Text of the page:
Tensions rose until the 40-minute mark when Callum-King verbally struck back at Spaulding, saying she was fed up with Spaulding’s direct attacks.
“The judge threw [your complaint] out in 10 minutes,” Callum-King said. “So you can grow up and put on your big-boy pants and stop running around doing [your business] behind everyone’s back, sit down here, stay through a whole meeting and do your job that people voted you for.”
Callum-King left the meeting immediately afterward.
Prior to closing the discussion Darling issued her remarks.
“I have no problem with open and honest discussion . . . or being uncomfortable,” Darling told Spaulding. “But attacking other board members should not be done. It shouldn’t happen toward you nor should it happen toward us.”
Darling said such conduct distracts from the board’s purpose and casts a “disappointing” image.
“I am not going to turn another meeting into a reality TV show episode,” Darling said. “There is a way to do this appropriately. But tonight was not it.”
Darling did decide to send the ethics policy to the board’s policy committee for review, primarily to address the lack of an adoption date. Darling invited Spaulding to submit any recommendations of changes to the document.
The next policy meeting is scheduled for Wednesday, Sept. 15. Any changes to the policy would then return to the school board for adoption.
Regarding the policy content, board members defended the appropriateness and legality of the policy expectations, saying that many New Hampshire school districts have similar board conduct policies.
“They all follow similar policies to this,” said board member Rhonda Callum-King. “Some of them go even deeper.”
Here are the latest developments regarding the ongoing novel coronavirus pandemic:
New HampshireDartmouth-Hitchcock Medical Center has gone back to a more restrictive visitor policy and has resumed COVID-19 testing for patients being admitted.
The changes took effect Wednesday, “in the interest of continuing to protect the health and safety of patients and Dartmouth-Hitchcock staff, and our communities,” the center said in a news release. It said the policies are a result of “substantial levels of statewide community transmission of COVID-19.”
Under the revised visitor policy, adult inpatients are allowed one visitor a day. Pediatric inpatients are permitted to have two caregivers, who can’t be changed once they are designated. For outpatient visits, both adults and children are permitted one caregiver. Two caregivers are allowed for newborn/infant appointments.
The center said for births, two adult support people are permitted during the entire stay: before, during and after the birth. Two adult support people may spend the night during labor and delivery, and one adult support person may stay overnight before and after the birth. These designated people cannot change.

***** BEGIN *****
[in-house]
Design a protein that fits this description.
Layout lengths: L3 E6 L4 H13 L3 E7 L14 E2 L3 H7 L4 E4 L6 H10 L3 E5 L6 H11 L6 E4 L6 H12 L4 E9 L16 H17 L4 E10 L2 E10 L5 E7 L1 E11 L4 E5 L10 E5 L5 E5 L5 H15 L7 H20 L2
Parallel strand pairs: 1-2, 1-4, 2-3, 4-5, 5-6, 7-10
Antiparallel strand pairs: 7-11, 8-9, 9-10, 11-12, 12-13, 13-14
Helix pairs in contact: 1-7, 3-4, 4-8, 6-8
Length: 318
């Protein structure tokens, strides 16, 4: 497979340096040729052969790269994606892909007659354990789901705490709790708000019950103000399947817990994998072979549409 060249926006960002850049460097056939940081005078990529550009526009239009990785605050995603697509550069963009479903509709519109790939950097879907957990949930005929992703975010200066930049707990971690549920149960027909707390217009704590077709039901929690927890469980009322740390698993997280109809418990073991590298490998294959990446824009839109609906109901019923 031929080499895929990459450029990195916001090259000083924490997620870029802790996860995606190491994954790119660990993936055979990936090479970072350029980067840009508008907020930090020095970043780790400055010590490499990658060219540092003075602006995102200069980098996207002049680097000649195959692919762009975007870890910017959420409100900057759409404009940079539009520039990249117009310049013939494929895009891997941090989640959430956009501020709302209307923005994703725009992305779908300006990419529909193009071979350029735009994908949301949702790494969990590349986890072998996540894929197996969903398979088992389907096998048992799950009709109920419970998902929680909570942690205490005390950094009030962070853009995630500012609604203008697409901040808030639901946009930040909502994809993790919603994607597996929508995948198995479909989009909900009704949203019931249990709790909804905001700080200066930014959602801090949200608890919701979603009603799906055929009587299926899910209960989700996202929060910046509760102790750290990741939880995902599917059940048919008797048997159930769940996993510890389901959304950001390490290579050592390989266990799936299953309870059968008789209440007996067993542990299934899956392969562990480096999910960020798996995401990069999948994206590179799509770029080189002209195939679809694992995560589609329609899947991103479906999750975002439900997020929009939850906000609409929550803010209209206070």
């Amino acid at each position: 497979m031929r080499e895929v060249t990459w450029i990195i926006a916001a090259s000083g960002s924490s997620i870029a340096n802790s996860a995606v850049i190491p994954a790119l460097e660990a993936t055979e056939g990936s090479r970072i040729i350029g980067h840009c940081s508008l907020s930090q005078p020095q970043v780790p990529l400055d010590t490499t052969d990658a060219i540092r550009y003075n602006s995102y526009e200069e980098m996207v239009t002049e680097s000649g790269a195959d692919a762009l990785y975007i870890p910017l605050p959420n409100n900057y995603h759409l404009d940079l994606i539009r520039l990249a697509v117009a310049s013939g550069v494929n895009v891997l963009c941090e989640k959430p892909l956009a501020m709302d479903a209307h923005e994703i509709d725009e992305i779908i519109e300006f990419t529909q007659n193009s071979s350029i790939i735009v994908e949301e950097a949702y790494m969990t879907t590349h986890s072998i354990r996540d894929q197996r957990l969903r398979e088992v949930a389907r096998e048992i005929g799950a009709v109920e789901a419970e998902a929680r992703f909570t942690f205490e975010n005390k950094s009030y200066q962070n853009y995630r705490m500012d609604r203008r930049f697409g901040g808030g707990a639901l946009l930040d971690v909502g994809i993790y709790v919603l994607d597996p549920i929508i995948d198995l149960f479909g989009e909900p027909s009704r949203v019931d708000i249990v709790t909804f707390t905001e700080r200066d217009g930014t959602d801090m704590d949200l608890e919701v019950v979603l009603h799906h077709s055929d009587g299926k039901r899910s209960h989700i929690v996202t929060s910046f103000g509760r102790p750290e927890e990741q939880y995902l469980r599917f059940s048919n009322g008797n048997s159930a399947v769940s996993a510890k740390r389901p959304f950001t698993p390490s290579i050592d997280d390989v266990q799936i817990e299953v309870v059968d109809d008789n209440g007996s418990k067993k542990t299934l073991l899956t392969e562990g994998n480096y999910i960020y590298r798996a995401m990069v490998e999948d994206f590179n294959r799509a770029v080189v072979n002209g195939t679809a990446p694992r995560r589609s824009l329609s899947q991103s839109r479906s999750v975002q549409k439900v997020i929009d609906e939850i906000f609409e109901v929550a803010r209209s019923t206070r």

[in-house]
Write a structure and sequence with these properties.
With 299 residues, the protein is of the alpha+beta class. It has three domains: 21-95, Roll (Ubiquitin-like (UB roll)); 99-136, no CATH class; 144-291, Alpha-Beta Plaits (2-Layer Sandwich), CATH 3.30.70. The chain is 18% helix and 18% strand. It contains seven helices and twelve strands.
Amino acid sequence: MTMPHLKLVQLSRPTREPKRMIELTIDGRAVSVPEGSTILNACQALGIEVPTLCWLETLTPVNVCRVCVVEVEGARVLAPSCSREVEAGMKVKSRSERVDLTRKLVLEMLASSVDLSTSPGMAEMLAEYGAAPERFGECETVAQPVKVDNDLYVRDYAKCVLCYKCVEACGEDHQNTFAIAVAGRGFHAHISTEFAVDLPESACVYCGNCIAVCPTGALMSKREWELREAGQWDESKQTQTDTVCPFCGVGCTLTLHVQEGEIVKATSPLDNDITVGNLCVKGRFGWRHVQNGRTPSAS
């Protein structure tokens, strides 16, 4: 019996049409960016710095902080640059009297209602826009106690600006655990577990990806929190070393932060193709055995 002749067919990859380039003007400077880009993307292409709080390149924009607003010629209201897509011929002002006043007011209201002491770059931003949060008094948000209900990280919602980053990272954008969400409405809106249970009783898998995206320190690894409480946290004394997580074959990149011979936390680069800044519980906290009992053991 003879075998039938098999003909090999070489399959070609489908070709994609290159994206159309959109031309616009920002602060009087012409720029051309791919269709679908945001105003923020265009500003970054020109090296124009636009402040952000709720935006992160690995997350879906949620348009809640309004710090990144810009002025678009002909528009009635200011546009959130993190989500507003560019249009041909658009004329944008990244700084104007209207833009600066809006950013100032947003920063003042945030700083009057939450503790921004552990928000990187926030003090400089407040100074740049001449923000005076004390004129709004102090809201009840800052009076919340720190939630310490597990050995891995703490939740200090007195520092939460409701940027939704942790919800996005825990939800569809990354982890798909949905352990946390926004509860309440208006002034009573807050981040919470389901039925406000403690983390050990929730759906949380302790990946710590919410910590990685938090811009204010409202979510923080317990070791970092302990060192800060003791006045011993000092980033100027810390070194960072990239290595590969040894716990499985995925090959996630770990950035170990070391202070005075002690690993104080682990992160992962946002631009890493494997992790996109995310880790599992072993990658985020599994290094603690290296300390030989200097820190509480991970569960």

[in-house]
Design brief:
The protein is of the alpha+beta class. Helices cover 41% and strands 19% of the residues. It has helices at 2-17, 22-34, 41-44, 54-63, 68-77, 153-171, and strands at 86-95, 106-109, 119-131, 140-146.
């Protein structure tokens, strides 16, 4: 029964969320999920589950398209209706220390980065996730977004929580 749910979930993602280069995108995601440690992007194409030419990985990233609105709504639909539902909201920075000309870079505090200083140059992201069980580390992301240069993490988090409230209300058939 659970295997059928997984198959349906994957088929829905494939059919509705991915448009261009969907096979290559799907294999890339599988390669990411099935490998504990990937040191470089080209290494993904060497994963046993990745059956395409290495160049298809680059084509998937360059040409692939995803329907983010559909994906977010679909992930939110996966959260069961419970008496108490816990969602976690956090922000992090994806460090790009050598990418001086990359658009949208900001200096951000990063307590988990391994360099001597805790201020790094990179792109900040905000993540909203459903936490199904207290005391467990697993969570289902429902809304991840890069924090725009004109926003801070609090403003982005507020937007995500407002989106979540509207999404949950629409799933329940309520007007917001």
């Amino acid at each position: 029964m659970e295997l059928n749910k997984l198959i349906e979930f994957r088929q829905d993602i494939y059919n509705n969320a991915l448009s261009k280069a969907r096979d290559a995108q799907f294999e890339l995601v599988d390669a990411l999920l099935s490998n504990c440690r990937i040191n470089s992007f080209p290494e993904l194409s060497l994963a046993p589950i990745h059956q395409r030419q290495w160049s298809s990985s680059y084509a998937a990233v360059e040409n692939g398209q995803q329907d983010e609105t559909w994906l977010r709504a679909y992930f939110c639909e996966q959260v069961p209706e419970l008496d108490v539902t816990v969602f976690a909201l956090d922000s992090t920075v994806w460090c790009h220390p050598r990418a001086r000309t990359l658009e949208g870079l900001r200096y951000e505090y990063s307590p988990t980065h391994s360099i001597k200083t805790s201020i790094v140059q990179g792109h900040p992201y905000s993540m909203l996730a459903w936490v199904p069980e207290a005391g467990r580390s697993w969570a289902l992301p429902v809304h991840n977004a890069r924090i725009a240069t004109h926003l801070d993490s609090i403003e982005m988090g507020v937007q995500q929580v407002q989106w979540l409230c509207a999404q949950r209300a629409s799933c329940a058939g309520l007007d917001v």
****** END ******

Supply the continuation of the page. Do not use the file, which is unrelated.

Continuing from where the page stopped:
The center also will resume COVID-19 testing for any patient being admitted to the hospital, regardless of vaccination status, and prior to surgical procedures in select circumstances.
Health care provider funds: U.S. Sens. Jeanne Shaheen of New Hampshire and Susan Collins of Maine are leading a group of senators in urging the distribution of remaining money in the federal Provider Relief Fund and other health care relief programs to assist with COVID-19 expenses.
The funding distribution process for hospitals, nursing homes, assisted living providers, and other health care providers “has been uneven,” their letter to Health and Human Services Secretary Xavier Becerra said Thursday.
“Shifting guidance, difficulties in reconciling tax information, the absence of a formal appeals process, and other technical problems have plagued the program,” it said.
Congress appropriated $178 billion for the fund, and $8.5 billion for rural providers. The senators said they agreed with a Government Accountability Office assessment that about 25% of fund appropriations — about $44 billion — and all of the rural provider funding remained uncommitted.
Shaheen, a Democrat, and Collins, a Republican, led a bipartisan list of 43 senators that included fellow senators Maggie Hassan, a Democrat from New Hampshire, and Angus King, an independent from Maine.
Border: New Hampshire’s congressional delegation is pressing the Biden administration to reopen the U.S.-Canada border to vaccinated Canadians, saying businesses in the state are hurting from a ban on nonessential travel.
The U.S. government recently extended the ban to slow the spread of COVID-19, until at least Sept. 21. Canada opened its side of the border to vaccinated U.S. travelers Aug. 9.
U.S. Sens. Jeanne Shaheen and Maggie Hassan and U.S. Reps. Annie Kuster and Chris Pappas met Thursday with representatives from the U.S. Department of Homeland Security, the Canadian Consul in Boston, and state business leaders to discuss the effects of the ban.
“Our businesses and tourism sector are feeling the economic impact, which they already can’t afford as they fight to get their feet back on the ground following the financial fallout from the pandemic,” Shaheen said in a statement. “I understand the serious challenges posed by the rapid spread of the Delta variant and the urgent need to keep people safe, but we also know this is vastly due to an epidemic spurred by the unvaccinated. These are difficult decisions, but I believe there is a responsible way to get this done.”
Hassan said she does not see the reason for extending the border closure even longer, when Canadian vaccination rates “exceed our own, and while Canada is willing and able to admit U.S. visitors.”
The travel restrictions have been in place since early in the pandemic in March 2020 and repeatedly extended while allowing commercial traffic and essential crossings to continue.
Unemployment benefits lawsuit: Four New Hampshire residents filed a lawsuit Friday challenging a decision by Gov. Chris Sununu’s administration to end unemployment benefits under the federal CARES Act nearly three months earlier than they were scheduled to run out Sept. 6.